To examine this further, consider the transverse waves in the ropes shown in Figure 3.5.3. The oscillations in one rope are in a vertical plane and are said to be vertically polarized. Those in the other rope are in a horizontal plane and are horizontally polarized. If a vertical slit is placed on the first rope, the waves pass through. However, a vertical slit blocks the horizontally polarized waves. For EM waves, the direction of the electric field is analogous to the disturbances on the ropes.

The Figure shows waves on a vertically oscillating rope that pass through a vertical slit. A separate drawing shows waves on a horizontally oscillating rope that do not pass through a similar slit.

Figure 3.5.3. The transverse oscillations in one rope are in a vertical plane, and those in the other rope are in a horizontal plane. The first is said to be vertically polarized, and the other is said to be horizontally polarized. Vertical slits pass vertically polarized waves and block horizontally polarized waves.

The Figure shows a slender arrow pointing out of the page and to the right; it is labeled direction of ray (of propagation). At a point on this ray, eight bold arrows point in different directions, perpendicularly away from the ray. These arrows are labeled E.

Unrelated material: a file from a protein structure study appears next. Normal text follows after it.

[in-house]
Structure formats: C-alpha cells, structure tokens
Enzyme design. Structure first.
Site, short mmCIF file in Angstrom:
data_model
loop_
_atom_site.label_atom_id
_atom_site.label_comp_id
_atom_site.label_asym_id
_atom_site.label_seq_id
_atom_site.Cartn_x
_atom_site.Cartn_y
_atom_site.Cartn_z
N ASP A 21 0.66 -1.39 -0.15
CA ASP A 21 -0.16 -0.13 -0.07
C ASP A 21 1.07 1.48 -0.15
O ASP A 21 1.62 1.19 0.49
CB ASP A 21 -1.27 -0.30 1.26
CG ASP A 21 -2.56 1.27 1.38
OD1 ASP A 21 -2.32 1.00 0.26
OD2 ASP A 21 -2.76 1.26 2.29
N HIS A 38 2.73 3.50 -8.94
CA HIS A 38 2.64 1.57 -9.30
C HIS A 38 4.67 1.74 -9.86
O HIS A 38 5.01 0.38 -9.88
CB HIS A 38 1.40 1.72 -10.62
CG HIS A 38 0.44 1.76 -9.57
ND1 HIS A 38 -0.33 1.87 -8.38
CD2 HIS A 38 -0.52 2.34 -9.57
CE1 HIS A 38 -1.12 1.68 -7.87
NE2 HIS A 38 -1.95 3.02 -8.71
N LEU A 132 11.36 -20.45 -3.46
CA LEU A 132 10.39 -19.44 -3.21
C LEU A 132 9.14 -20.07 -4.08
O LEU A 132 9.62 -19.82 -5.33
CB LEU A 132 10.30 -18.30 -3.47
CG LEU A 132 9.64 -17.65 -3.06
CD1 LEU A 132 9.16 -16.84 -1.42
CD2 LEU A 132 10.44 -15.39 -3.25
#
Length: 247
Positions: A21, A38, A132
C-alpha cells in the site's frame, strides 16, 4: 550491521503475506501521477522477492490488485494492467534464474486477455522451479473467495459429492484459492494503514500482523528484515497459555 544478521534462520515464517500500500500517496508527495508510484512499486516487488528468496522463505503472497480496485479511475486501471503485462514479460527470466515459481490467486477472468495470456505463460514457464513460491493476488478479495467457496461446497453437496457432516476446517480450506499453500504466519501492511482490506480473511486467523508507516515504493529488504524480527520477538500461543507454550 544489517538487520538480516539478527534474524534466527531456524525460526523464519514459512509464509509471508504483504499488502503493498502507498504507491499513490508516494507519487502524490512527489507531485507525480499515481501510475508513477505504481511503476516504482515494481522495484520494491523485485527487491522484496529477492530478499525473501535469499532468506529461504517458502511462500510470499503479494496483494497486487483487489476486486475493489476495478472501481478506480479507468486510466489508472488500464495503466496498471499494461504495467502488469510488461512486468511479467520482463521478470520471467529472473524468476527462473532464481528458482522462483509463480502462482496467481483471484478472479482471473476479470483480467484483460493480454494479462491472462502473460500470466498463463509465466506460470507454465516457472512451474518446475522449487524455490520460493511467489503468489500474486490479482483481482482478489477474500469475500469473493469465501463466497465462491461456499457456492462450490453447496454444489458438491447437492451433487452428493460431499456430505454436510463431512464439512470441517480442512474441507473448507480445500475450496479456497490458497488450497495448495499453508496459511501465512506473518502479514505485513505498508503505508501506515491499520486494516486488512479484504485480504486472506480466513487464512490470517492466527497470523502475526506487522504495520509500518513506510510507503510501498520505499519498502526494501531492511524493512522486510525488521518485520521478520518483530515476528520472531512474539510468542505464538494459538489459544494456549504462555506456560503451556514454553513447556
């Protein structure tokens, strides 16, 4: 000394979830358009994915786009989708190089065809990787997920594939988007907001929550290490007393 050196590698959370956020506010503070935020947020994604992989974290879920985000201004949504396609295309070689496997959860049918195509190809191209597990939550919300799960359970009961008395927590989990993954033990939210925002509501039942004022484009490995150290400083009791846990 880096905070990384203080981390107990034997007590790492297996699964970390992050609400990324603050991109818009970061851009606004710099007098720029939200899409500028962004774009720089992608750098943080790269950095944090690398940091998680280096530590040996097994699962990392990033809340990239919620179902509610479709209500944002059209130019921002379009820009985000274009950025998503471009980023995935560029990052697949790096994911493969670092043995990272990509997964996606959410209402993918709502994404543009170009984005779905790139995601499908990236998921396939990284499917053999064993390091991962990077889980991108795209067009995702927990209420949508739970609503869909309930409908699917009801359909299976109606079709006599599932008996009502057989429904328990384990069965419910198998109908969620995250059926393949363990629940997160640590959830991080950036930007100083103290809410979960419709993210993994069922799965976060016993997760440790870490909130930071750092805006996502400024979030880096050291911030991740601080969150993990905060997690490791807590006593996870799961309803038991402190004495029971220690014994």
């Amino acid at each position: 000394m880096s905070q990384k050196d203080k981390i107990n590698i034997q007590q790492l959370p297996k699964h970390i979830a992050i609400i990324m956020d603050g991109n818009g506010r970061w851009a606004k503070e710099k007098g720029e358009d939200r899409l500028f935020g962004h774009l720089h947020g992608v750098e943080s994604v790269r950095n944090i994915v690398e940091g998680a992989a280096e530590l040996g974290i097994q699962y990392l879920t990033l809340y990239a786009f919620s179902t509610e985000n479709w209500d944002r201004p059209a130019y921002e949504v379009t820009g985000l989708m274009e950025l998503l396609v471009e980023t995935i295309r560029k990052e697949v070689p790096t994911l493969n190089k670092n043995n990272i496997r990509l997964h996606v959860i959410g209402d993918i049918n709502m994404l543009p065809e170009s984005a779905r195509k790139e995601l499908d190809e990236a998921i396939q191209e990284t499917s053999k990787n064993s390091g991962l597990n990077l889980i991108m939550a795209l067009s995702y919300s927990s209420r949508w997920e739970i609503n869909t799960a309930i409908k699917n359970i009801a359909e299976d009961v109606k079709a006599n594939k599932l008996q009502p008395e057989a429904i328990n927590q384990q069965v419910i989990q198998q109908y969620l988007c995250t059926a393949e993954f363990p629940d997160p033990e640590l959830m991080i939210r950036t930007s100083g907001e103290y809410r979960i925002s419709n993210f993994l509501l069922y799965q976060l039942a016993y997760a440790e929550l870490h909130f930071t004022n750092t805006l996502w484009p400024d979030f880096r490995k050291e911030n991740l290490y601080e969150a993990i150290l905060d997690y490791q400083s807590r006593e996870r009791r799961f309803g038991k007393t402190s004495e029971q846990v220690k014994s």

Figure 3.5.4. The slender arrow represents a ray of unpolarized light. The bold arrows represent the direction of polarization of the individual waves composing the ray. Since the light is unpolarized, the arrows point in all directions.

The Sun and many other light sources produce waves that are randomly polarized (see Figure 3.5.4). Such light is said to be unpolarized because it is composed of many waves with all possible directions of polarization. Polaroid materials, invented by the founder of Polaroid Corporation, Edwin Land, act as a polarizing slit for light, allowing only polarization in one direction to pass through. Polarizing filters are composed of long molecules aligned in one direction. Thinking of the molecules as many slits, analogous to those for the oscillating ropes, we can understand why only light with a specific polarization can get through. The axis of a polarizing filter is the direction along which the filter passes the electric field of an EM wave (see Figure 3.5.5).

The Figure shows a slender arrow pointing out of the page and to the right that is labeled direction of ray. At the left end of the ray are eight blue arrows emanating from a point on the ray. These arrows are all in a plane perpendicular to the ray and are symmetrically oriented in the perpendicular plane. They are labeled E. Farther to the right on the same ray is a thin rectangle labeled polarizing filter that is in the plane perpendicular to the ray. This filter has seven vertical lines that are equally spaced on its surface. It also has a vertical double headed arrow on its surface that is labeled axis. Still farther along the ray is a single blue double headed arrow oriented vertically that is labeled E and direction of polarization.